Ditmas Avenue in Brooklyn is one of those open-air stations over the street with facing platforms. It's pretty laid back, there's not too much traffic; but when two trains arrived at the same time, I could feel the section of platform beneath my seat start to shake. It's fair to say it's unsettling.
I chose this station with the original intention of playing a doubleheader here and at Ditmars Boulevard station in Astoria, for no other reason than that both stations seem so nondescript, given the names of the distinguished families - and the two names are often connected and shortened in the same family - they commemorate.
While the Astoria stop is named specifically for Abram Ditmars, mayor of Long Island City in the 1880s, the Ditmas Park area in Brooklyn is apparently named after the Dutch Van Ditmarse family who farmed the area in the 1600s. Anyway, enough geography. I just always found it odd that the two areas and stations were so far apart yet their origins must somehow be connected.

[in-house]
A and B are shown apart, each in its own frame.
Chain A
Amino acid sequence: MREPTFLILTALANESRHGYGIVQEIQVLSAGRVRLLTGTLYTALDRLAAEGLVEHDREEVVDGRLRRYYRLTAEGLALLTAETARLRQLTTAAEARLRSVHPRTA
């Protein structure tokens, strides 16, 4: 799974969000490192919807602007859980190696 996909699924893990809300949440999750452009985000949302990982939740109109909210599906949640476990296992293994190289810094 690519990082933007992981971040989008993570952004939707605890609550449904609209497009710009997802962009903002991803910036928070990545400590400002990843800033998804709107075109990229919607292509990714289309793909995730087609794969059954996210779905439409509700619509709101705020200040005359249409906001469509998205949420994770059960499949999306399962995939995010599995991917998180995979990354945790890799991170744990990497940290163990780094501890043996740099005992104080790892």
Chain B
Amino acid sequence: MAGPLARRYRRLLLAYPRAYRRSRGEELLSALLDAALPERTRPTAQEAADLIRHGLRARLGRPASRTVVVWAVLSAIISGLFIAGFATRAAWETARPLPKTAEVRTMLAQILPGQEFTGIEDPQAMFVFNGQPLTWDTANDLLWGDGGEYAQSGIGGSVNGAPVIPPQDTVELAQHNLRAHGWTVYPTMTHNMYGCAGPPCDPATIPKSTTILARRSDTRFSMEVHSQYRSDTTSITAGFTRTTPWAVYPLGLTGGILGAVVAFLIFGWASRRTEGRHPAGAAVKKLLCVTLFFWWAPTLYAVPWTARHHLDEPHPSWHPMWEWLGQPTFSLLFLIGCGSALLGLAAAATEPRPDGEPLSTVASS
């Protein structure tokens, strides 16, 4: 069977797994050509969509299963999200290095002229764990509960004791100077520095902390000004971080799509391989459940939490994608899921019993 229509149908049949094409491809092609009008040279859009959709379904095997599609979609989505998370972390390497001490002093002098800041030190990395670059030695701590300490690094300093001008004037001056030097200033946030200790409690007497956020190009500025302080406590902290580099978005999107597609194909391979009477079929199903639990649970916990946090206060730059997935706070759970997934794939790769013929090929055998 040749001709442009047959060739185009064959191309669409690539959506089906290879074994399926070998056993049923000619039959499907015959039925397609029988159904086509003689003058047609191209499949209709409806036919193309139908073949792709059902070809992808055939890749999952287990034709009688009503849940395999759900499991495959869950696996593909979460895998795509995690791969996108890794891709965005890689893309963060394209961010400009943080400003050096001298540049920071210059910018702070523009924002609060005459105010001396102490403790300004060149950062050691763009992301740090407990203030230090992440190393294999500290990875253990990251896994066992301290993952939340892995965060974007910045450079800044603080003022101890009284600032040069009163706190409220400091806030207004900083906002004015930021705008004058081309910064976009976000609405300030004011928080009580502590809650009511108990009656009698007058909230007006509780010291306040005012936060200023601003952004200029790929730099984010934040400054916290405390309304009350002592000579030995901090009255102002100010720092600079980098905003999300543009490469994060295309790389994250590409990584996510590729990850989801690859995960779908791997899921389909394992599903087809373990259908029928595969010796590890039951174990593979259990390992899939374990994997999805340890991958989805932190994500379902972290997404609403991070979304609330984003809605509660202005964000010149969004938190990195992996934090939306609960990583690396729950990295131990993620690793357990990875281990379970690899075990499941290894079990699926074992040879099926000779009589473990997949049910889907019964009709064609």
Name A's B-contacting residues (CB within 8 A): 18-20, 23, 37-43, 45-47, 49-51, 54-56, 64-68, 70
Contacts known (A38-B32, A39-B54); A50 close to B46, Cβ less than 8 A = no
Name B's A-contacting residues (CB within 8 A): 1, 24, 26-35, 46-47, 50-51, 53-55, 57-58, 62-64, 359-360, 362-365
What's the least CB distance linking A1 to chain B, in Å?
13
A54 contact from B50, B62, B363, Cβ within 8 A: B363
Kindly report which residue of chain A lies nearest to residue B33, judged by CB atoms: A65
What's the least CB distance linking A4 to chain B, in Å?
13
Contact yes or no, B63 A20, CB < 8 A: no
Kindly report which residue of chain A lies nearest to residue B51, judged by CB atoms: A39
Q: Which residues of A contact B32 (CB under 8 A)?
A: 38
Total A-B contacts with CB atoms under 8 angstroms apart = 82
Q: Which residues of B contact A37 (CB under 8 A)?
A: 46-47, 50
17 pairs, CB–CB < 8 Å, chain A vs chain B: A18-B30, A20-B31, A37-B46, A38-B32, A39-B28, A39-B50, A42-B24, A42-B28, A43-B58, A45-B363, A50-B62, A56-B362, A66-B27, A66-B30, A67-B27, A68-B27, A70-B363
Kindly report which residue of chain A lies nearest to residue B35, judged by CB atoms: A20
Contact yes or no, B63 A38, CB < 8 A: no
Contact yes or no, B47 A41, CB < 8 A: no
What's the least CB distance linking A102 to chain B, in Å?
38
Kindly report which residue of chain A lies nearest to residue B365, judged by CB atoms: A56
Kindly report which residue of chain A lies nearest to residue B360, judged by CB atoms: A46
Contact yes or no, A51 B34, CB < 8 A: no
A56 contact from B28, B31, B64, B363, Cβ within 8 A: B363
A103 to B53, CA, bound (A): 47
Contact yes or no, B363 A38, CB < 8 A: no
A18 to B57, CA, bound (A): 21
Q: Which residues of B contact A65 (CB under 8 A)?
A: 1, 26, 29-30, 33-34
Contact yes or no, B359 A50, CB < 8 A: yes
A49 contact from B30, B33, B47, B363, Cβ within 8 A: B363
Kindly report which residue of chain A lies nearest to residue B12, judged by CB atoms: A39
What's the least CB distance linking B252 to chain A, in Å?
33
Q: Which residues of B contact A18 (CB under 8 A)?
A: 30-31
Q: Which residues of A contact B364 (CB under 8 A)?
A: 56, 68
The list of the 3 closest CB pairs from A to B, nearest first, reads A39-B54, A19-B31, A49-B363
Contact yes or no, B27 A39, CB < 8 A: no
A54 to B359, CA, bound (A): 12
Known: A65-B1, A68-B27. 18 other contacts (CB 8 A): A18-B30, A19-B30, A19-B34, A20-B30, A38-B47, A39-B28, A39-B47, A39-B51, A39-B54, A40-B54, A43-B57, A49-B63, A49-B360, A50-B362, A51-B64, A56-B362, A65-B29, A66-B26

It was a quiet afternoon today, not much foot traffic, and so nothing to show for the effort; but I used the relative quiet to try out some slower or more mellow songs I don't play that often.
The Longer I Run - Peter Bradley Adams
After The Goldrush - Neil Young
Two Good Reasons - John Gorka
One Safe Place - Marc Cohn
Mexico - James Taylor
Things We've Handed Down - Marc Cohn
Keep It Loose, Keep It Tight - Amos Lee
People Get Ready - Curtis Mayfield
There Is Power In A Union - Billy Bragg
Message In A Bottle - Sting
Chance - Big Country
Land Of The Living - Lucy Kaplansky
Secret Garden - Bruce Springsteen
Tonight Will Be Fine - Leonard Cohen/Teddy Thompson
Blooming Heather - Frankie McPeake/Kate Rusby
I went to "Irish Heritage" night at the Brooklyn Cyclones tonight.
It's always a fun night out at Keyspan Park, but there's a part of me that wishes that maybe just once, in addition to the midget leprechaun, the "corned beef and cabbage toss" the green t-shirts sponsored by Budweiser, the pipe band and the "potato throw", that perhaps the team could take the field wearing shirts bearing the names of Irish literary giants?
What a line-up this would be:
Warming up in the bullpen: Beckett, and the rookie, Hugh Leonard.
As each batter was walking to the plate, the announcer could read a passage from one of their famous works.